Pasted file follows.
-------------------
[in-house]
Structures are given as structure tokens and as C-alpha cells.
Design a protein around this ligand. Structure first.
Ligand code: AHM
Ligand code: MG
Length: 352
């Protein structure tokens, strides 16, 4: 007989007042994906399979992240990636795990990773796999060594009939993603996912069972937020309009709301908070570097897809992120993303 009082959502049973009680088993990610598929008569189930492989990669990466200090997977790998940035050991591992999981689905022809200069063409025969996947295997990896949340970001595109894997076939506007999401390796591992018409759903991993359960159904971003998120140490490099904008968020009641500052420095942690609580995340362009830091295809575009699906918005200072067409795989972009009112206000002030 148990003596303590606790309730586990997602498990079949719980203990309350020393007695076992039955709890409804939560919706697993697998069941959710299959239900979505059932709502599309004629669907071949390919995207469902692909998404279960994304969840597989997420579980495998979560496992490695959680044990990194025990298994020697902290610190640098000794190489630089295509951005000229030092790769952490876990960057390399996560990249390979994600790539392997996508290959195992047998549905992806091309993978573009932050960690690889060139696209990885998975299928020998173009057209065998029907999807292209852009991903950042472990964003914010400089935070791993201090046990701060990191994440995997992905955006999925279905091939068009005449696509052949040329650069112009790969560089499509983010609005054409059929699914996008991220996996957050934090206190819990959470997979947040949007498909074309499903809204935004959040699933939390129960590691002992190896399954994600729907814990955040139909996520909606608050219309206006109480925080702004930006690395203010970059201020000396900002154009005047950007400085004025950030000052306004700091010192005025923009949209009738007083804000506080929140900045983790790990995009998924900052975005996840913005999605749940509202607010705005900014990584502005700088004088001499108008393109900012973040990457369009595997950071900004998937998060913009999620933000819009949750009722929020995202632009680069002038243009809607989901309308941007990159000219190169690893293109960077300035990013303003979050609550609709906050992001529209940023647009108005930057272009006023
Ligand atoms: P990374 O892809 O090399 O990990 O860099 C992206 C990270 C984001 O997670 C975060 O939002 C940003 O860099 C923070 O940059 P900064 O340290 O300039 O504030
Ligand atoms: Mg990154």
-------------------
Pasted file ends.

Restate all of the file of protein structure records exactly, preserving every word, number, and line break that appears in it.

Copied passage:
[in-house]
Structures are given as structure tokens and as C-alpha cells.
Design a protein around this ligand. Structure first.
Ligand code: AHM
Ligand code: MG
Length: 352
């Protein structure tokens, strides 16, 4: 007989007042994906399979992240990636795990990773796999060594009939993603996912069972937020309009709301908070570097897809992120993303 009082959502049973009680088993990610598929008569189930492989990669990466200090997977790998940035050991591992999981689905022809200069063409025969996947295997990896949340970001595109894997076939506007999401390796591992018409759903991993359960159904971003998120140490490099904008968020009641500052420095942690609580995340362009830091295809575009699906918005200072067409795989972009009112206000002030 148990003596303590606790309730586990997602498990079949719980203990309350020393007695076992039955709890409804939560919706697993697998069941959710299959239900979505059932709502599309004629669907071949390919995207469902692909998404279960994304969840597989997420579980495998979560496992490695959680044990990194025990298994020697902290610190640098000794190489630089295509951005000229030092790769952490876990960057390399996560990249390979994600790539392997996508290959195992047998549905992806091309993978573009932050960690690889060139696209990885998975299928020998173009057209065998029907999807292209852009991903950042472990964003914010400089935070791993201090046990701060990191994440995997992905955006999925279905091939068009005449696509052949040329650069112009790969560089499509983010609005054409059929699914996008991220996996957050934090206190819990959470997979947040949007498909074309499903809204935004959040699933939390129960590691002992190896399954994600729907814990955040139909996520909606608050219309206006109480925080702004930006690395203010970059201020000396900002154009005047950007400085004025950030000052306004700091010192005025923009949209009738007083804000506080929140900045983790790990995009998924900052975005996840913005999605749940509202607010705005900014990584502005700088004088001499108008393109900012973040990457369009595997950071900004998937998060913009999620933000819009949750009722929020995202632009680069002038243009809607989901309308941007990159000219190169690893293109960077300035990013303003979050609550609709906050992001529209940023647009108005930057272009006023
Ligand atoms: P990374 O892809 O090399 O990990 O860099 C992206 C990270 C984001 O997670 C975060 O939002 C940003 O860099 C923070 O940059 P900064 O340290 O300039 O504030
Ligand atoms: Mg990154």